A magnitude 6.6 earthquake that hit Afghanistan this morning was felt in a number of major cities across south-west Asia.
According to the US Geological Survey (USGS), the quake initially measured as magnitude 7.1, struck close to its border with Tajikistan, at 10:28 GMT
— Radio Pakistan (@RadioPakistan) April 10, 2016
The USGS said the quake struck one of the most seismically-active regions on earth. The area is located where the India and Eurasia plates collide.
Twitter reports said that several buildings were evacuated in New Delhi where the metro service was also halted.
The BBC reports:
The latest quake, in the sparsely-populated Hindu Kush mountains, struck at a depth of 210km, the USGS reported. It was the same depth as the 2015 quake.
At least 27 people were admitted to hospital in Peshawar, media in Pakistan reported. There were no immediate reports of significant damage.
In Delhi, some 620km (1,000 miles) from the epicentre, the metro train system was temporarily halted. The BBC’s Sanjoy Majumder said a number of aftershocks were felt in the Indian capital.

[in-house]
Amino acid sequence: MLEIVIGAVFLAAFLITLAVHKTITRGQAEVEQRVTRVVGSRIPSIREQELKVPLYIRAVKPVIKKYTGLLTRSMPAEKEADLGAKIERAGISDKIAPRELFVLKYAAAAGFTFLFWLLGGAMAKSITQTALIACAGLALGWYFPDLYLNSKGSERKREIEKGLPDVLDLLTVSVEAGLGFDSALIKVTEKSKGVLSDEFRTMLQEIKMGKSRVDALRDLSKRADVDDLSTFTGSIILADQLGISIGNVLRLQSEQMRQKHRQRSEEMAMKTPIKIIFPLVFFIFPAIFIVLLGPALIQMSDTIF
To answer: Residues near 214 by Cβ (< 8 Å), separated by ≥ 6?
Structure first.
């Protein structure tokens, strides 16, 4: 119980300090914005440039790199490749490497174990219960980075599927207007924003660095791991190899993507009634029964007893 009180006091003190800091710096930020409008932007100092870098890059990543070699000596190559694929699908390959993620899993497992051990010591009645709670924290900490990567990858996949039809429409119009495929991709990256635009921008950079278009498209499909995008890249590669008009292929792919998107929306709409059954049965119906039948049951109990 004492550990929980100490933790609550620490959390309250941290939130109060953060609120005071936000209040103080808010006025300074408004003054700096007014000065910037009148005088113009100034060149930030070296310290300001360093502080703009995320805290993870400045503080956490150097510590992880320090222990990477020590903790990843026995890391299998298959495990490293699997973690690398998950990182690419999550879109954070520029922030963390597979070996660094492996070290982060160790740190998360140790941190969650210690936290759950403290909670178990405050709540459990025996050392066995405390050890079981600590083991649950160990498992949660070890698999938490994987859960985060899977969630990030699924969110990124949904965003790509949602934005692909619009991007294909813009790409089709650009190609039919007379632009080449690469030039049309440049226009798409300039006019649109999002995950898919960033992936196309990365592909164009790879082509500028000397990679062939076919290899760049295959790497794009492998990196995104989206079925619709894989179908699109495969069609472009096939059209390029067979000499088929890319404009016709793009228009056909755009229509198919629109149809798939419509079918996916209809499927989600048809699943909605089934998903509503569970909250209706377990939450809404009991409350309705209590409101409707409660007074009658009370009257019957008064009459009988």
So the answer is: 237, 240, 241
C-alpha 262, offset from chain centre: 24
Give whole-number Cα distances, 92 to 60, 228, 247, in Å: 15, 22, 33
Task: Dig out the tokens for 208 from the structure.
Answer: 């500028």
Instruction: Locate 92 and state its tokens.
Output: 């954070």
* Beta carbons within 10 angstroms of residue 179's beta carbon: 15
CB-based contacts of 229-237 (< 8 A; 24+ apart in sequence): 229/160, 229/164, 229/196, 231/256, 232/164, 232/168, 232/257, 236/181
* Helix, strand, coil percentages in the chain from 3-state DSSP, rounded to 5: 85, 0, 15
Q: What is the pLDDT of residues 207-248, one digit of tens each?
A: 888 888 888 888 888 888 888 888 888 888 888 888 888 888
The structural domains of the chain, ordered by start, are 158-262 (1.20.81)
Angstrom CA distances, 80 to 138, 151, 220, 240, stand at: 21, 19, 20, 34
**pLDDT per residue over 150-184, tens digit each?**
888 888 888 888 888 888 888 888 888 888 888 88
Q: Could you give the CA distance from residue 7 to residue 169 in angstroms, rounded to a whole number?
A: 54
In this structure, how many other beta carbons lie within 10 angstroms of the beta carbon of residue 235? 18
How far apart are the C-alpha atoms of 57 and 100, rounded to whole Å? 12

Post-quake landslides were a potential threat, said Ahmad Kamal, a spokesman at India’s National Disaster Management Authority.
The USGS says the earthquake took place in “one of the most seismically hazardous regions on earth”.
The Hindu Kush mountains sit on the corner of the Indian plate, rather than being at the front line of the continental collision, where the Himalayas are thrust upwards as India disappears beneath Eurasia at a rate of 40-50mm (2ins) per year.
It is in this rugged region that the sideways slip between India and Afghanistan meets the head-on impact of the Himalayan fault line. There are many small, interacting faults and forces pushing in different directions.
Pakistan’s Dawn newspaper reported on Saturday that the region had been shaken by a series of strong quakes centred on Hindu Kush in recent days.
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